The construction of two housing complexes on NatureFresh Farms property in Delta for the company’s foreign workers was approved Wednesday by the village’s Zoning Board of Appeals.
The 5-0 vote, which followed an executive session, was attended by a dozen village residents and several village administrators. The zoning board approved the housing project with five stipulations:
• Three residences currently housing the foreign workers on NatureFresh property will be razed once the housing complexes are completed. Completion of the first complex is expected this year, the second by or before 2021.
• A single consolidated drive entrance will serve the complexes. Currently, there are several access points.
• A combination of mounding, shrubbery, and fencing will be placed to obscure the visual effects of the housing complexes.
• The Village of Delta will receive a certificate of required inspections and approvals once the project is completed.
• All areas surrounding the housing complexes will be maintained and kept tidy in accordance with the expectations of any residence within the village. Failure to do so could result in zoning violations.
• Changes to any and all parts of the complexes’ use or ownership will require modification to the permit and a public hearing.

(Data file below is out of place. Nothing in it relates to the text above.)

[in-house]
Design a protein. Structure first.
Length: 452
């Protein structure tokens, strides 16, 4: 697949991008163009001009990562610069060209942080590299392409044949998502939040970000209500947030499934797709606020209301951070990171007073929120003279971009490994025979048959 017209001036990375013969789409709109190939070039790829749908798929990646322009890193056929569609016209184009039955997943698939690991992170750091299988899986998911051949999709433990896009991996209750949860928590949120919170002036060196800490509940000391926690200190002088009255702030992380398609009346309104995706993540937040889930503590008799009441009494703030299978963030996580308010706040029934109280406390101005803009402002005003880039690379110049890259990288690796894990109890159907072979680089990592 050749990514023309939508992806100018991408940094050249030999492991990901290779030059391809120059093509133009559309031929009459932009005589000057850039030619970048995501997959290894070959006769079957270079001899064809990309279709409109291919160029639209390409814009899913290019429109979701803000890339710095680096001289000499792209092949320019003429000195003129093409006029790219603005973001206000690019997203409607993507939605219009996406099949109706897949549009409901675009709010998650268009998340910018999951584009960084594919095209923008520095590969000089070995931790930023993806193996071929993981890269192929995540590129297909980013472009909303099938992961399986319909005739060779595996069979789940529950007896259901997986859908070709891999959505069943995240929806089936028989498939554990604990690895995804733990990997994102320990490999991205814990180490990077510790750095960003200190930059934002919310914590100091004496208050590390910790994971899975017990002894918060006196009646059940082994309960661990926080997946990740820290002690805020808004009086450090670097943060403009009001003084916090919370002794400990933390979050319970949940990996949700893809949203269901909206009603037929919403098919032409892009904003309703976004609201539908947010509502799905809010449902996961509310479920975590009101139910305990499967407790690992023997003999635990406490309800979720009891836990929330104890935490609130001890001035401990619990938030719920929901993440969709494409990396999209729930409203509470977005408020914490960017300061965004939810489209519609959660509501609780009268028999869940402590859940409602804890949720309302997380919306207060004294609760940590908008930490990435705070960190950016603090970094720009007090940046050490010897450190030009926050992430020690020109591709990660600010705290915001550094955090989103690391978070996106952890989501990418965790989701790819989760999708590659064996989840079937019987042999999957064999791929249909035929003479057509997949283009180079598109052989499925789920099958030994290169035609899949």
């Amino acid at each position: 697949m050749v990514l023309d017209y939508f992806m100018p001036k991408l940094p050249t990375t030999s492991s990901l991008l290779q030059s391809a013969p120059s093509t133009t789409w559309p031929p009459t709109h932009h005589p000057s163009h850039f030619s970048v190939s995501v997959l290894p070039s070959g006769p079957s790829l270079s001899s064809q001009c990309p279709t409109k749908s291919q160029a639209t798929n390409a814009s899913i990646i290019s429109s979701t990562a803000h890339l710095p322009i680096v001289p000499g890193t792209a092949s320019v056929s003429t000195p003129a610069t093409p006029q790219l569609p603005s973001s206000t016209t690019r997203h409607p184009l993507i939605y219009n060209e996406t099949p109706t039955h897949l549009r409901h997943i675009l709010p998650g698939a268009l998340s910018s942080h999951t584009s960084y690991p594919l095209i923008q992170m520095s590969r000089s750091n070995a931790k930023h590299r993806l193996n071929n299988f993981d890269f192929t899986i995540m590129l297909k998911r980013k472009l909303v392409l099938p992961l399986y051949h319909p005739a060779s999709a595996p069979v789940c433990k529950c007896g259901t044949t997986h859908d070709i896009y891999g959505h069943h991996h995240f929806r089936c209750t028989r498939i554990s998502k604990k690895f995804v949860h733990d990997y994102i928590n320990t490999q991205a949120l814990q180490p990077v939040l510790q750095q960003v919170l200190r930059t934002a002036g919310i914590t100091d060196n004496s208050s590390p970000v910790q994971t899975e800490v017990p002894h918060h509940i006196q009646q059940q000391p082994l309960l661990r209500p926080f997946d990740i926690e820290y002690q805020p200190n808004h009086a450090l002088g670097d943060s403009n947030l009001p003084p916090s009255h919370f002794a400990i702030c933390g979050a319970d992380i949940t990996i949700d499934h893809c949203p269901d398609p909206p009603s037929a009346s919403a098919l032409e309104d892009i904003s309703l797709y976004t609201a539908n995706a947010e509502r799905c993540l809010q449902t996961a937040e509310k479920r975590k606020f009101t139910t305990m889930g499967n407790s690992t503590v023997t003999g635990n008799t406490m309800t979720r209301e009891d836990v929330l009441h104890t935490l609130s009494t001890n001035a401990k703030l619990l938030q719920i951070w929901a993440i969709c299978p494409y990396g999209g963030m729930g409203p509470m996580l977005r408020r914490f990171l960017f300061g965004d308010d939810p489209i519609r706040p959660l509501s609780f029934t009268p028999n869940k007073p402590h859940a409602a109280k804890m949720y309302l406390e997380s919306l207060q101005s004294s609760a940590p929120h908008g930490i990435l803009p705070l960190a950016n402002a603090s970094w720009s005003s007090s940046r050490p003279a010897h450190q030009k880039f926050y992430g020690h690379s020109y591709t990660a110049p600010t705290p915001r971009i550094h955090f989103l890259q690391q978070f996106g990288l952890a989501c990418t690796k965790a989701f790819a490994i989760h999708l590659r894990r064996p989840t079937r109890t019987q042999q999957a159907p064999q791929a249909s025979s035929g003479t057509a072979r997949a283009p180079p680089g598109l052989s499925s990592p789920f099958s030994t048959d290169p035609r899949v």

Additionally, NatureFresh will discontinue leasing a house on County Road 7-2 in York Township where several of the foreign workers live. On-site company housing for foreign workers was suggested by village administrators after they received numerous complaints and admissions of fear from the neighbors of those living in the rental property.
He said because the public hearing portion of the housing project had closed, the final vote was not greeted with disapproval by opposing residents in attendance.
“They weren’t given an opportunity to object,” Peebles said. “There was no fanfare, no hoopla, no yelling or screaming.”
He said he wasn’t surprised by the appeals board’s unanimous vote, despite the strenuous objections the members heard from residents during a contentious Feb. 7 public hearing on the housing complexes. They included concerns about whether the foreign workers pay local taxes and about their potential for bad behavior, drug use, and not contributing to the area economy.
“What this board was capable of doing was separating the rhetoric from the facts pertaining to zoning,” Peebles added. “A lot of the argument wasn’t relevant to the actual zoning circumstance.”
Currently, NatureFresh employs 55 workers from Guatemala, Mexico, and Honduras under a U.S. Government H-2A visa. The two dormitory-style housing complexes, estimated to cost $1-$1.25 million each, and paid for entirely by NatureFresh, will be able to hold about 175 foreign workers.
Delta Mayor Dan Miller said the housing complexes will be good for the community. “I think the zoning board looked at the facts. It’s good for jobs in northwest Ohio and southeast Michigan, and it’s good for Fulton County,” he said.
Reach David J. Coehrs at 419-335-2010.